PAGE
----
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Not that it's really a problem for anyone that has faced this syntactic issue before, but I see a wild amount of confusion stemming from the use of the caret (^) as the XOR operation in lieu of the widely accepted mathematical exponentiation operation.

Of course there are a lot of places where the (mis-)use of the caret is explained and corrected, but I haven't come across any definitive sources as to why the caret was given a different meaning.

Was it a matter of convenience? An accident? Obviously the reasoning could be different for the various languages, so information in any regard would be insightful.

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Although there were older precursors, the influential French mathematician Rene Descartes is usually credited for introducing superscripted exponents (ab) into mathematical writing, in his work Geometrie which was published in 1637. This is the notation still universally used in mathematics today.

Fortran is the oldest programming language widely used for numerical computations that provides an exponentiation operator, it dates to 1954. The exponentiation operation is denoted by a double asterisk **. It should be noted that many computers at that time used 6-bit character encodings that did not provide a caret character ^. The use of ** was subsequently adopted by creators of various more recent programming languages that offer an exponentiation operation, such as Python.

The first widely adopted character set that contained the caret ^ was the 7-bit ASCII encoding which was first standardized in 1963. The oldest programming language I am aware of that used the caret to denote exponentiation is BASIC, which dates to 1964. Around the same time IBM adopted the EBCDIC character encoding, which also includes the caret ^.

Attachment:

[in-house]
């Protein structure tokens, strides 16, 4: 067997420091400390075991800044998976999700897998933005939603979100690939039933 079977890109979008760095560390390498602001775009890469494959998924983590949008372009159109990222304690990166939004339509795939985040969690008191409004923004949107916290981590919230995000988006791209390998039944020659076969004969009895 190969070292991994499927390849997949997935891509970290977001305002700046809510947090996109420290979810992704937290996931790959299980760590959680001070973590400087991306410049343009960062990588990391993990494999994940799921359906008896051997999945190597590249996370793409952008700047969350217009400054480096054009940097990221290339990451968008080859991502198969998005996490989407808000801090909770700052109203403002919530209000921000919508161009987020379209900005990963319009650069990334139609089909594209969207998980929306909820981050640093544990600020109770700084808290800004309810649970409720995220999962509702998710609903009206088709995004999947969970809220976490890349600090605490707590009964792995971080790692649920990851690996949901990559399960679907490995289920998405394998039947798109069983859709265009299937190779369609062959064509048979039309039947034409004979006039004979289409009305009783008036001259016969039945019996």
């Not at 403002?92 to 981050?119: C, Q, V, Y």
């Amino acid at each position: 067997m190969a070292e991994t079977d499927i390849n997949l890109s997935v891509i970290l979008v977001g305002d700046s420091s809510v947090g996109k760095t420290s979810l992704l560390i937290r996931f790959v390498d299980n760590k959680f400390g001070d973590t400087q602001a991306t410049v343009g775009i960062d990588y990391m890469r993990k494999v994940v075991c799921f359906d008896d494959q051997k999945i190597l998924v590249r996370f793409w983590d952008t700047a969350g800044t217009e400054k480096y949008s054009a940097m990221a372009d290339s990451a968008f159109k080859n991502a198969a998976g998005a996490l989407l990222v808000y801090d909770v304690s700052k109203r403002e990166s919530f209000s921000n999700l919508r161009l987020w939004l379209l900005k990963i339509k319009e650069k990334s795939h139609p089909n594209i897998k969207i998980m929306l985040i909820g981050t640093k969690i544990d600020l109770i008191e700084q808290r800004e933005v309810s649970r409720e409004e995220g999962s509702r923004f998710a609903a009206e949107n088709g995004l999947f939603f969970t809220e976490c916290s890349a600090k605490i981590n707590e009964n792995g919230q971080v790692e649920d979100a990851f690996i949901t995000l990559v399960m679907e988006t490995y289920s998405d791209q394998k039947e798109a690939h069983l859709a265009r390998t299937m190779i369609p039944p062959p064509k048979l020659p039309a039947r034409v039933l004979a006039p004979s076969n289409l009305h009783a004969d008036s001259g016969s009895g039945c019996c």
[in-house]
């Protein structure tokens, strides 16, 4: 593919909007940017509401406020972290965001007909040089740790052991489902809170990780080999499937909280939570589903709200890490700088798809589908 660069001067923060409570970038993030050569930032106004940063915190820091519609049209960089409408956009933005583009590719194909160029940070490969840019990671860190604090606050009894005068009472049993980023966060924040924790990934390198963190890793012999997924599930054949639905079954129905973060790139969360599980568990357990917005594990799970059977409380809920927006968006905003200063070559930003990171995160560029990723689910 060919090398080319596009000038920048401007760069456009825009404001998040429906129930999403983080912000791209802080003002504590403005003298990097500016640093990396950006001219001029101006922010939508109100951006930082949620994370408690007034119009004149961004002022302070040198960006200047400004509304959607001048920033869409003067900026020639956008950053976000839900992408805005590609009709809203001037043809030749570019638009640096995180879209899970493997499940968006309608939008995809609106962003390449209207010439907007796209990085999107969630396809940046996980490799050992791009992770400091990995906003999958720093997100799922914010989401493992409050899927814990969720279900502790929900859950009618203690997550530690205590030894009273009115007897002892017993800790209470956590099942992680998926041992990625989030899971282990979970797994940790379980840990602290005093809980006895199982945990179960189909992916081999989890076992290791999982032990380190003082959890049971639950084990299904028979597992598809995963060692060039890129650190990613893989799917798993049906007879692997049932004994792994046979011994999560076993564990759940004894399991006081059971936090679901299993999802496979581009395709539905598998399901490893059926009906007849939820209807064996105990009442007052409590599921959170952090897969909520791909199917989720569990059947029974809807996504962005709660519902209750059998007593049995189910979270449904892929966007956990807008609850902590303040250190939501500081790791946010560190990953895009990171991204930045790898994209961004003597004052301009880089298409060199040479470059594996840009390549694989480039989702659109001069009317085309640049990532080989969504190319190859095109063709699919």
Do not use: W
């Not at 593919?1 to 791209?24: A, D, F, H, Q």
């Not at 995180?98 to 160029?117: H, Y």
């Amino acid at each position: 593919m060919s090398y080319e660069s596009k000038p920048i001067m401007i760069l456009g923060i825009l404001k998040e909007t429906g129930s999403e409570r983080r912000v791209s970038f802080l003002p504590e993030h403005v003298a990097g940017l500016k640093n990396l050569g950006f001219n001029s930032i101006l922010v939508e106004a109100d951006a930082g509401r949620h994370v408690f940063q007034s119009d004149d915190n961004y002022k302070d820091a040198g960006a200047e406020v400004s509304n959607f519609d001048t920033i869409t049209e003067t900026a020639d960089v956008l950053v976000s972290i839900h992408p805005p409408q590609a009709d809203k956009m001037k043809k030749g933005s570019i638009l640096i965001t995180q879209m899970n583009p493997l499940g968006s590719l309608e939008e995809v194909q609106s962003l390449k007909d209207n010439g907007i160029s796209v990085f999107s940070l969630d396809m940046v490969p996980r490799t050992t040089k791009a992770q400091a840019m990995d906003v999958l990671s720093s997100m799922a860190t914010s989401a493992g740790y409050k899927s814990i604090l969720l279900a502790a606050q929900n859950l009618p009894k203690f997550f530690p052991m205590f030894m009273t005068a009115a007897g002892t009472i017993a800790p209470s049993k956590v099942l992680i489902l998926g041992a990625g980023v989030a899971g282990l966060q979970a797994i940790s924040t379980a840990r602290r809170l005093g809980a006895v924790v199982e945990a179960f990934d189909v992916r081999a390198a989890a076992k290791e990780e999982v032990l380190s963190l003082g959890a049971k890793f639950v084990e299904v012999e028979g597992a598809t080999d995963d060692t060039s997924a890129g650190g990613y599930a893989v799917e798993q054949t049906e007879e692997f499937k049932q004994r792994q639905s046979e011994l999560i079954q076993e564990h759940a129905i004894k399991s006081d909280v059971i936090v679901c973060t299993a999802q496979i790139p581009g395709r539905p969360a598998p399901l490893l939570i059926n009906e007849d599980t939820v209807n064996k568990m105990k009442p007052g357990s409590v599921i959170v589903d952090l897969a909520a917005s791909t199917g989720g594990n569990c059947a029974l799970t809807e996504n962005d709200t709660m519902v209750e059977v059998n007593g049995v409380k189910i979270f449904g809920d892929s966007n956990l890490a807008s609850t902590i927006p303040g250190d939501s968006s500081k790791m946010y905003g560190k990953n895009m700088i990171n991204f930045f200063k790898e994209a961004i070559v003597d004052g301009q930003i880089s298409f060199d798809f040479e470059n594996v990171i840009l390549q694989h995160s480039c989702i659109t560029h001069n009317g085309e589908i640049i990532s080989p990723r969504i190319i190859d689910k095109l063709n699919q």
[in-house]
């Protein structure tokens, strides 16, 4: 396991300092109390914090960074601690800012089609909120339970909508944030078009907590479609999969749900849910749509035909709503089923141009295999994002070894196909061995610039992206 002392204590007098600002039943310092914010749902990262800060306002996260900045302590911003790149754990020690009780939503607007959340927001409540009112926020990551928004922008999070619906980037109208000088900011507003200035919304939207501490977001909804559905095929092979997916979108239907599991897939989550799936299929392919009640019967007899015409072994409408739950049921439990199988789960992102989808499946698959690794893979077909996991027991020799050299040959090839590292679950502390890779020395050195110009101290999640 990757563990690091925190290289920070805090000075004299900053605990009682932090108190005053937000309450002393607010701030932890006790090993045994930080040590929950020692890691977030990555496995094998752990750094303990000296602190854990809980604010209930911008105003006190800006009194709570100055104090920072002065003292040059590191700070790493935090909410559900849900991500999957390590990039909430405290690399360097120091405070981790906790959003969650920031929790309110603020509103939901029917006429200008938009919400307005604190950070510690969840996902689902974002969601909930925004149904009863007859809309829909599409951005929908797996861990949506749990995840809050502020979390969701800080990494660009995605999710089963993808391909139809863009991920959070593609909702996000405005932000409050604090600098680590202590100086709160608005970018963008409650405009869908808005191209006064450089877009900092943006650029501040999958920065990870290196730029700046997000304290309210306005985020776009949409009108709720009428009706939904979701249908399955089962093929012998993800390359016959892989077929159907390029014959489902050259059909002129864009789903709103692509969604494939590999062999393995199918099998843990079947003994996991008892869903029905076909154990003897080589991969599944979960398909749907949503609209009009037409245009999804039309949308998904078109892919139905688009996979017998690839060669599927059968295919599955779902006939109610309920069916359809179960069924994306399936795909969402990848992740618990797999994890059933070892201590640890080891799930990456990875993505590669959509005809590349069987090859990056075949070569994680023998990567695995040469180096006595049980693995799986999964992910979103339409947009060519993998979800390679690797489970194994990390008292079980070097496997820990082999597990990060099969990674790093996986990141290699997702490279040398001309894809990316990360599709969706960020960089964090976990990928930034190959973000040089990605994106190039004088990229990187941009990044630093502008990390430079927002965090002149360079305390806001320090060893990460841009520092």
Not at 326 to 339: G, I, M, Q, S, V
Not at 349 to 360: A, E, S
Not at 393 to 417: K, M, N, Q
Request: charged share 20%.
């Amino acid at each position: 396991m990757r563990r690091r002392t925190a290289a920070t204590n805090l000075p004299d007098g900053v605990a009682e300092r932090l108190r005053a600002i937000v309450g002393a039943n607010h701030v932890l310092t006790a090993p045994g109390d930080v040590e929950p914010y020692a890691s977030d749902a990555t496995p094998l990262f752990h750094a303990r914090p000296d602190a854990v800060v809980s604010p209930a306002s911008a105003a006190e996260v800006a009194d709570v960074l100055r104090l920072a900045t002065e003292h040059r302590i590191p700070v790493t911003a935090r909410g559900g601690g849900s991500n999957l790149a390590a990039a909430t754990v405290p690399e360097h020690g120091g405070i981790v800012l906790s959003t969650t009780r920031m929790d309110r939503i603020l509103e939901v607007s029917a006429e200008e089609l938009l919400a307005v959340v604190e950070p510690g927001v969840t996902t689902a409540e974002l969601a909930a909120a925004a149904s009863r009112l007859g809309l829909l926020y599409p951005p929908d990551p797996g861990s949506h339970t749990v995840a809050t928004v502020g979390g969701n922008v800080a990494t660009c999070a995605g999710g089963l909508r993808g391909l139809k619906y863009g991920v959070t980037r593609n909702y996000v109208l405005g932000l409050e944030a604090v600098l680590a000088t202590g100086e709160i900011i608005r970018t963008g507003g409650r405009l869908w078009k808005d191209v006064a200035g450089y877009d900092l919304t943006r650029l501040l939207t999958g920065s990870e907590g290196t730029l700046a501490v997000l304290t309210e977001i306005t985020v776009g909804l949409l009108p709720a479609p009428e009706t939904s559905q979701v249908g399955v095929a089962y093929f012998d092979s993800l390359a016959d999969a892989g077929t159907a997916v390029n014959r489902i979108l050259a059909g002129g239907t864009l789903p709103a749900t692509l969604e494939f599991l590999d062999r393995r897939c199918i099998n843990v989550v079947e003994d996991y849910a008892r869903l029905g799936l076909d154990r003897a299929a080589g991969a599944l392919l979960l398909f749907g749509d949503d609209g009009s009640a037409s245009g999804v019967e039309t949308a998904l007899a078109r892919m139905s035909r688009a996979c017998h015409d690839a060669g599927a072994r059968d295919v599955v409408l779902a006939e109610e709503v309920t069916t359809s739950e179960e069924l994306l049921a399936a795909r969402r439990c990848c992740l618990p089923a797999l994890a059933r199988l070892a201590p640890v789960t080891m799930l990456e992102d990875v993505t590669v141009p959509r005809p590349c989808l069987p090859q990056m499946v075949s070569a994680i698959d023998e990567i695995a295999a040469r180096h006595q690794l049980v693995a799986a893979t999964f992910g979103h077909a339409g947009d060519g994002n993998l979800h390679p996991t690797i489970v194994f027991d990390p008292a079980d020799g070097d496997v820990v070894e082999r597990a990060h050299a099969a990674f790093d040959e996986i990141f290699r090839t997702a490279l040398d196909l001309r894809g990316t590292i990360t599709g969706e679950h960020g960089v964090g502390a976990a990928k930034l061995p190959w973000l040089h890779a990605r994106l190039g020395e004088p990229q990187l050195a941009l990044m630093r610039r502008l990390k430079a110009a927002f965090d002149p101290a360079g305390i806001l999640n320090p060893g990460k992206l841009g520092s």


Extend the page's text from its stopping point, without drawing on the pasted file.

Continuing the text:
The C language came into existence in 1972. It does not provide an exponentiation operator, rather it supports exponentiation via library functions such as pow(). Therefore no symbol needs to be set aside for exponentiation in C, and other, later, languages in the C-family, such as C++ and CUDA.

On the other hand, and uncommon for programming languages up to that time, C provides symbols for bitwise operations. The number of special characters available in 7-bit ASCII was limited, and since there was a "natural affinity" of other operations to certain special characters, e.g. & for AND and ~ for NOT, there were not all that many choices for the symbol for XOR.

I am not aware of a published rationale provided by Ritchie or Kernighan as to why they chose ^ to denote XOR specifically; Ritchie's short history of C is silent on this issue. A look at the specification for the precursor to C, the language B, reveals that it did not have an XOR operator, but already used all special characters other than ^, $, @, #.

[Update] I sent email to Ken Thompson, creator of B and one of the co-creators of C, inquiring about the rationale for choosing ^ as C's XOR operator, and asking permission to share the answer here. His reply (slightly reformatted for readability):

From: Ken Thompson
Sent: Thursday, September 29, 2016 4:50 AM